I was speaking with my friend and co-book-maker John Glenn about my last post, and it suggested an idea. I am seeing huge sums being spent by schools on technology — ereaders, iPads, ELMO projectors, not to mention smart boards, laptops, netbooks, etc. What if someone were to create an experimental charter school in which students were given only pencils and paper, the classrooms had blackboards with chalk, and the libraries had books. I would love to see how that school’s students would fare as compared with a school with a similar population of students and teachers, outfitted in the usual haphazard fashion with the usual mix of devices, support, and training. And then after seeing what difference in outcomes there is — if any, and accounting for the fact that the community of the pencil school might have an initial esprit that skews that stats, we would need to compare costs. What has our retro school saved, what has our typical school spent, and what benefits have accrued.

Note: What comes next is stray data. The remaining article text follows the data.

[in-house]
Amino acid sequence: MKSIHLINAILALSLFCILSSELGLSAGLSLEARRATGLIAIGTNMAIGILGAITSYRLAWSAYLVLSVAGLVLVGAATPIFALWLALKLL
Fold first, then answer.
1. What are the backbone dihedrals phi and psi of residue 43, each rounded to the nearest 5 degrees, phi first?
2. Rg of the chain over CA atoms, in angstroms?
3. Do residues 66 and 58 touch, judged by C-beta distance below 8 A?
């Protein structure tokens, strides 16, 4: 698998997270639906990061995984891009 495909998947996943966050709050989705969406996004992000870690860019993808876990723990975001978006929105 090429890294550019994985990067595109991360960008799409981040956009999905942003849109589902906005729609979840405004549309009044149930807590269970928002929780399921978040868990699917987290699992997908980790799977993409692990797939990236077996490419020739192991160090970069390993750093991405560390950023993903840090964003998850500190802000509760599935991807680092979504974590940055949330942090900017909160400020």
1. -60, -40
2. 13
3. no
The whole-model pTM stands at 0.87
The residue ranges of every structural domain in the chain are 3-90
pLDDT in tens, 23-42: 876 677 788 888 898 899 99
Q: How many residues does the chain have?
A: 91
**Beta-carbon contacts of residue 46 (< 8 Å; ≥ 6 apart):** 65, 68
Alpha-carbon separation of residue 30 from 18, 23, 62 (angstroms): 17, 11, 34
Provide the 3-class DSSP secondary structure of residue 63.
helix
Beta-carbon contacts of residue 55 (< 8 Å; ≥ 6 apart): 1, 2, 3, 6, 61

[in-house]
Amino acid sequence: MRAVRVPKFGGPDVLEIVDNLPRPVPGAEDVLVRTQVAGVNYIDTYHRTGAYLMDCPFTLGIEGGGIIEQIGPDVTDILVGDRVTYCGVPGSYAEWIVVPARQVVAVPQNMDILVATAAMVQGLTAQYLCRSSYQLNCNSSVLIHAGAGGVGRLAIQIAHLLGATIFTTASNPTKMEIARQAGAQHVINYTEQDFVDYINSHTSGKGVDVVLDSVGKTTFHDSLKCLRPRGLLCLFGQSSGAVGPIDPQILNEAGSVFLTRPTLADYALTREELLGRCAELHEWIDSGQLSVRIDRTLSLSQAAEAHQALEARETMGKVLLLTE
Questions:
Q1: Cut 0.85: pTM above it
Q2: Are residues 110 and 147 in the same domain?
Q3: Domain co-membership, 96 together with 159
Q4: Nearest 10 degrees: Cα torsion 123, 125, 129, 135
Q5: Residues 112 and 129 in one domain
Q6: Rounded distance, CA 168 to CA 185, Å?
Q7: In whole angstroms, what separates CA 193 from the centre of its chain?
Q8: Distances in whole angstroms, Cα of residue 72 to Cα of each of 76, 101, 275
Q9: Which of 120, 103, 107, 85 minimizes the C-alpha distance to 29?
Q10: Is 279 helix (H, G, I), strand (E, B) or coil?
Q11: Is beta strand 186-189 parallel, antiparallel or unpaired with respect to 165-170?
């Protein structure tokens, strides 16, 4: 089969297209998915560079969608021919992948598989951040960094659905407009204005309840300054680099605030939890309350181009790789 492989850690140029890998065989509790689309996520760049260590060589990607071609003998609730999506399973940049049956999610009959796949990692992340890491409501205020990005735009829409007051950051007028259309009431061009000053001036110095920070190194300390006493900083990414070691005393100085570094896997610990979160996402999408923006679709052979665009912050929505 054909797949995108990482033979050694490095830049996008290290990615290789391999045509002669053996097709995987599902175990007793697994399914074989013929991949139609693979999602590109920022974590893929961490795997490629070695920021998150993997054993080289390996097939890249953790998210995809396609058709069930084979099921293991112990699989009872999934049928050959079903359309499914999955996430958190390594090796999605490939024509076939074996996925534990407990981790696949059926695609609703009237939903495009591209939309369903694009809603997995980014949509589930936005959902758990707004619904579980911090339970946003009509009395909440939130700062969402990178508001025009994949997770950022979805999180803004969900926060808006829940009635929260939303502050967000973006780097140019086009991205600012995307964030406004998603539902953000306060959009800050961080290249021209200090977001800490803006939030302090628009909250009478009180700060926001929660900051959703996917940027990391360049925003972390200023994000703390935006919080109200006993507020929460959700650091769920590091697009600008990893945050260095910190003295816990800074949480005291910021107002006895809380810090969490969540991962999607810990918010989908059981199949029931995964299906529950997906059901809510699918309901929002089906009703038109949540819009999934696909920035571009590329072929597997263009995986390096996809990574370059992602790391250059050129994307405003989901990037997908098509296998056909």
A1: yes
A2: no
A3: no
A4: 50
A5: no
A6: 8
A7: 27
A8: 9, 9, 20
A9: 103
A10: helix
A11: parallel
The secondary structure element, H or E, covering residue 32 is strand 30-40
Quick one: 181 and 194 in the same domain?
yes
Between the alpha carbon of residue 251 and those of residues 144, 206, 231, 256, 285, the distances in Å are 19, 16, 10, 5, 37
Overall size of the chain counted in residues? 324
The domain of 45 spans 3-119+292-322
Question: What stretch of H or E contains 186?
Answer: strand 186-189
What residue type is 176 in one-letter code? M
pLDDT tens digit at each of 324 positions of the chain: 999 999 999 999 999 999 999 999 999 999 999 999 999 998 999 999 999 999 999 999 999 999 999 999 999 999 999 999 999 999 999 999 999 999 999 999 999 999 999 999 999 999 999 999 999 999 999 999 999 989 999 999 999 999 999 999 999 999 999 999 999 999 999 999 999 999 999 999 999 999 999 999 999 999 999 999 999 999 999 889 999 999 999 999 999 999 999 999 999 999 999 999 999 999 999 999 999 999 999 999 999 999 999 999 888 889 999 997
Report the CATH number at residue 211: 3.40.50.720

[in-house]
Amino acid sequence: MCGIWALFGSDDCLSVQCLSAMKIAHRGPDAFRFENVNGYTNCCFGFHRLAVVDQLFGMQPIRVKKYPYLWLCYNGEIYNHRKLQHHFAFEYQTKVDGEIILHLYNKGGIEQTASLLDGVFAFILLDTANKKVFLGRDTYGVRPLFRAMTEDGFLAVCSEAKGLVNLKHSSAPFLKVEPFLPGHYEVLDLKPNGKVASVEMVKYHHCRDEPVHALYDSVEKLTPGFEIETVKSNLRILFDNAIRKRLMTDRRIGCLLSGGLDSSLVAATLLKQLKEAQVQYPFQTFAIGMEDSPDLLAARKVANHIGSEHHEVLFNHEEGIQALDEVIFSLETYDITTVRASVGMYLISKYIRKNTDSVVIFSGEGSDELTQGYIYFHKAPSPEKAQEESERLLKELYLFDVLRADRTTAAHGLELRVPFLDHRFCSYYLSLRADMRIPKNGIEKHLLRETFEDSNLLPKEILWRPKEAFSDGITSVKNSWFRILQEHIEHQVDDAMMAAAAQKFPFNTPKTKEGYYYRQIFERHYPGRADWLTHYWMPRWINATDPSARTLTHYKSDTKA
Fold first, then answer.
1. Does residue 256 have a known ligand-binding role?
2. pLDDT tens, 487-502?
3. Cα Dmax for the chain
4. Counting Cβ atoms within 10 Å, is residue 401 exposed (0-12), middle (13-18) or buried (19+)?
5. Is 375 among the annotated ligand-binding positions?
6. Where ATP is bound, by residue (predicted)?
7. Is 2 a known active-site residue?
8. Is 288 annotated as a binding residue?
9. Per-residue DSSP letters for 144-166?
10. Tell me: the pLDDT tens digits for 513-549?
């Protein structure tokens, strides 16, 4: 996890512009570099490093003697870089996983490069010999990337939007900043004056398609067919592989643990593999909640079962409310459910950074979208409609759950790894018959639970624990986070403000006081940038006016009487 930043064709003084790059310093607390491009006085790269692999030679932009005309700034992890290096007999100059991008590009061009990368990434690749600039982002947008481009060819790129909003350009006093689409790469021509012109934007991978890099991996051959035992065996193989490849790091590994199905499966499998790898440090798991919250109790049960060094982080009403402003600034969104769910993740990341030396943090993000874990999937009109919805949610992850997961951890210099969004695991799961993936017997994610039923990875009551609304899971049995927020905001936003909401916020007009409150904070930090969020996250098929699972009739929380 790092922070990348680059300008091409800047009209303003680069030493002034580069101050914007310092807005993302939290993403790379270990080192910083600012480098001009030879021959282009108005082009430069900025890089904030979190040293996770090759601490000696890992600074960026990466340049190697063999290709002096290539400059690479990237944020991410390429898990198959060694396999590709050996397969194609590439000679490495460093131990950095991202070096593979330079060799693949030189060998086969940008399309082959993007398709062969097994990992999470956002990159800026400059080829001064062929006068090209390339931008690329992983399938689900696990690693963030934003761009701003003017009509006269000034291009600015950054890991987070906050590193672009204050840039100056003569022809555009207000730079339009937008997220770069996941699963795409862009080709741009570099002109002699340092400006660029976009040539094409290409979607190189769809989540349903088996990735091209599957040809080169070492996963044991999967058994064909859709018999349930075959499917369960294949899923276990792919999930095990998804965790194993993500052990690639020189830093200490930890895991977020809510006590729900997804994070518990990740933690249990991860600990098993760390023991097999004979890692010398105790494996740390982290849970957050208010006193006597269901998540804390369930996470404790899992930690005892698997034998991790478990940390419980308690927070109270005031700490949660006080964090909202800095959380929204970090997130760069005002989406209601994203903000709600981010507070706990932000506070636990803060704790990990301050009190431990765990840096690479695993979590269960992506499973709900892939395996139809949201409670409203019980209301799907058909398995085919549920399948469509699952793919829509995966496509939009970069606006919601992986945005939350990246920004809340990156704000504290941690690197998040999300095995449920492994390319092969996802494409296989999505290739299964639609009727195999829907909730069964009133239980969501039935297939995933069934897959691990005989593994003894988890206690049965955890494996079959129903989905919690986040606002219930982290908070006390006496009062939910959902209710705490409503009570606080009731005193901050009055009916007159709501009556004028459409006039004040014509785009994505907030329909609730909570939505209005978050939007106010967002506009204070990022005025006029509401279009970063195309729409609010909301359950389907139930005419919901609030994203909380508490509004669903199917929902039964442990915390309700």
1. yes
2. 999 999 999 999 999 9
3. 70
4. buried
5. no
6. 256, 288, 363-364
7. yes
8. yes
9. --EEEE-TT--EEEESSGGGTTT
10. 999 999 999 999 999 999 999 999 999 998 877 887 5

Isn’t this the thought experiment every school and district must conduct before spending money? And yet, has a single school or district conducted that thought experiment?